The benefits of no-code/low-code development are becoming far more widely recognized and low-code methodology is fast becoming a key part of mainstream development.
There is however, a good deal of sometimes justified skepticism being expressed by some companies prior to committing their future to a low-code product.
The main concern is that implementing a low-code platform could potentially mean that companies become reliant or locked into a platform incapable of meeting all their future requirements.
A good low-code platform will offer an easy-to-use development methodology with familiar option select, drag & drop and point & click techniques. This methodology will allow a company’s existing staff to design and create the required mobile apps and applications.
Many low-code suppliers will promote the possibility of creating apps for multiple devices, environments and browsers from the same design. Also, the speed and ease of development, which is often the driving force, can see apps being created and released in days or weeks rather than months or even years that is often the case in more traditional methods of development.
The main issue is that low-code products are far from being all the same. Although they may appear, on the surface, to meet the initial goals of building an app, many can present their users with severe limitations as their requirements evolve or change, either through growth, reorganization or dynamic business conditions.
A key recommendation for any business is to carry out a thorough investigation of the platform being considered, and to ask the right questions. Obviously, how much is this going to cost in the short, medium and long term, but also how flexible and easy-to-use is this platform? How far can I go with customizing the app to meet my requirements and how do I do it? Is the platform capable of producing native as well as web apps? Will this platform be able to meet the evolving functional needs of the company in the medium and long term?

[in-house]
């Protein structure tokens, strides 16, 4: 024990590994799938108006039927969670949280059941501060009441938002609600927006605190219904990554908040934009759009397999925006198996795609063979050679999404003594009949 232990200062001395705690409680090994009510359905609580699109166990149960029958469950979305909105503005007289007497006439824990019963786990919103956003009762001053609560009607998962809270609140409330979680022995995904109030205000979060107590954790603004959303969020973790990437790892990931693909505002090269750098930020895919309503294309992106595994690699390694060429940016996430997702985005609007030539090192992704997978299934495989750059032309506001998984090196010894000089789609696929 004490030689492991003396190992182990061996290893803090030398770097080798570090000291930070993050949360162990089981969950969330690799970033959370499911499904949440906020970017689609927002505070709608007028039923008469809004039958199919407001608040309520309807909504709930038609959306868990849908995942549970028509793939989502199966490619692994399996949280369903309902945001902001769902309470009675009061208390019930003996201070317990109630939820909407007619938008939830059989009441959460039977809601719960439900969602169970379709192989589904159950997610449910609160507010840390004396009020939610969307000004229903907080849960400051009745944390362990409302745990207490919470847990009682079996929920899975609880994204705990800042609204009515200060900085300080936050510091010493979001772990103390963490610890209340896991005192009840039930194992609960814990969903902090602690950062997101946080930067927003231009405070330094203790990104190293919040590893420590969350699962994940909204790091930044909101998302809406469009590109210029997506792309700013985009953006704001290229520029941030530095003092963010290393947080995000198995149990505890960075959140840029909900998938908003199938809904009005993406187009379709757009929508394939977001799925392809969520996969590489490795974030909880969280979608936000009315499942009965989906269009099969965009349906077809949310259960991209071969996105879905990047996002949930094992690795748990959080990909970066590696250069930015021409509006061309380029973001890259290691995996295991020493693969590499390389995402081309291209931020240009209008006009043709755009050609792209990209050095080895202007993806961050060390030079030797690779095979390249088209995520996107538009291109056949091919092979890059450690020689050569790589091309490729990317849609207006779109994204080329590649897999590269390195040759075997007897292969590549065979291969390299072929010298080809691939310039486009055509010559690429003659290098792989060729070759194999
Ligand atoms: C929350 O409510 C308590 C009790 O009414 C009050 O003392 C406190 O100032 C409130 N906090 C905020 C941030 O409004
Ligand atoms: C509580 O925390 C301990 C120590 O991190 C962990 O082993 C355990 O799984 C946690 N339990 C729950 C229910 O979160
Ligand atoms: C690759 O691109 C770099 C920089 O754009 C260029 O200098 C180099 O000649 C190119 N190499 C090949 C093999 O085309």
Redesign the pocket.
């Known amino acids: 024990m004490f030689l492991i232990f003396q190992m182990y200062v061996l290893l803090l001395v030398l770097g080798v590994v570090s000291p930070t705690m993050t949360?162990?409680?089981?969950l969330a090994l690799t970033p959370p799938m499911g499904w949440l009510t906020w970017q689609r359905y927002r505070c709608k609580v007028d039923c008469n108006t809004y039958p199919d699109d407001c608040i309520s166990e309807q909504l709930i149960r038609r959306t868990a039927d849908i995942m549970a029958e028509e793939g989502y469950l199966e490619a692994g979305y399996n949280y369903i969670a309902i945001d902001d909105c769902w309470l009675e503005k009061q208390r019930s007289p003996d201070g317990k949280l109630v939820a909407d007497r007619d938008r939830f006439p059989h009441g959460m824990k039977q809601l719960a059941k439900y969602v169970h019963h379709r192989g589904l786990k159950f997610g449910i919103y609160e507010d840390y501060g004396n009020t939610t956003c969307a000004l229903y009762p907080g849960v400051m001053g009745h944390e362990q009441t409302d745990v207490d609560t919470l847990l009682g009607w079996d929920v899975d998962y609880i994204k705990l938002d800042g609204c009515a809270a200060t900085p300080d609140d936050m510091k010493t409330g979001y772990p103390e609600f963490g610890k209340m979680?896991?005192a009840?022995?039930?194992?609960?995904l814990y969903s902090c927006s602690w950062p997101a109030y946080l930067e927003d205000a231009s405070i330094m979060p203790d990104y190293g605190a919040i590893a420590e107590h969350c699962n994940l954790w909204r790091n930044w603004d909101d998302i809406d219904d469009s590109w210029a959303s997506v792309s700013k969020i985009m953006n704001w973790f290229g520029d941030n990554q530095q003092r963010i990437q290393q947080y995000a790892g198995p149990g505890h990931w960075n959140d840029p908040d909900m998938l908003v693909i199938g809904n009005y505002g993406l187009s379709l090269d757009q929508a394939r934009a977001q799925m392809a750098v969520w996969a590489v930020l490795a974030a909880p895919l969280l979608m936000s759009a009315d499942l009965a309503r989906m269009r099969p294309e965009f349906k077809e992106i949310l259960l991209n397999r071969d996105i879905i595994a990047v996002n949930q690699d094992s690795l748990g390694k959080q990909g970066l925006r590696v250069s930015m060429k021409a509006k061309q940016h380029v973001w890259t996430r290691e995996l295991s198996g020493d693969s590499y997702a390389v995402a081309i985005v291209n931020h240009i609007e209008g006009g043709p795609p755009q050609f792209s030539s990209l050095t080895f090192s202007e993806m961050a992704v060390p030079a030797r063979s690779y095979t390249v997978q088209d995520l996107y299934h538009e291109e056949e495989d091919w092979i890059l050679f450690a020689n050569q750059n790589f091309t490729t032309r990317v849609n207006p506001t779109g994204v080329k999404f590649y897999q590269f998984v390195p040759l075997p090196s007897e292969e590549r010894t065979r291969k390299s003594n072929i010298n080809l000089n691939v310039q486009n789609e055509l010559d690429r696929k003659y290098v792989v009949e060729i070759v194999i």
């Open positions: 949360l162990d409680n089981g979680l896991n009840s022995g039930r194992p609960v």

Suppliers such as BlueFinity have long anticipated this situation and have designed Evoke, their no-code/low-code platform accordingly. Evoke is designed so that there is absolutely no limit to either the degree of customization or the potential and scalability of the apps created.
Evoke is designed to generate all of the code into structured Visual Studio (inc. Xamarin) projects which then provides a developer with unlimited scope for customization. If the developers are not technical, they need never touch the generated code, and can follow a no-code development and deployment approach. But for when it is needed, developers have the generated VS code delivered on to their computers and always have full access to it.
This means that Evoke can be an entirely no-code solution or a genuine low-code platform that can easily call and incorporate a customer’s existing code, new code, library routines and third-party software as they require.
From the same Evoke app design, there is the choice of generating a web app or native app. Deploying a native app has many advantages including being able to make full use of the integrated technology of the device such as increased security, location-based communication, GPS, Bluetooth etc.
By making the generated source code available in a Visual Studio solution, it means IT staff can access the source code for onward development even if no longer using the low-code platform. In addition, Evoke’s unique method of maintaining and re-applying any custom code means that a developer may always return to Evoke for further easy customization and development of the app, with Evoke re-applying all previous custom code in the new version, the next time the app is generated.
Of course, not every company will require this degree of flexibility, but it is so important to investigate and evaluate first. The wrong choice can be very costly indeed, not just in the cost of the platform but in training staff and in the potential lost opportunity costs when the limitations of an incorrect choice of platform are discovered.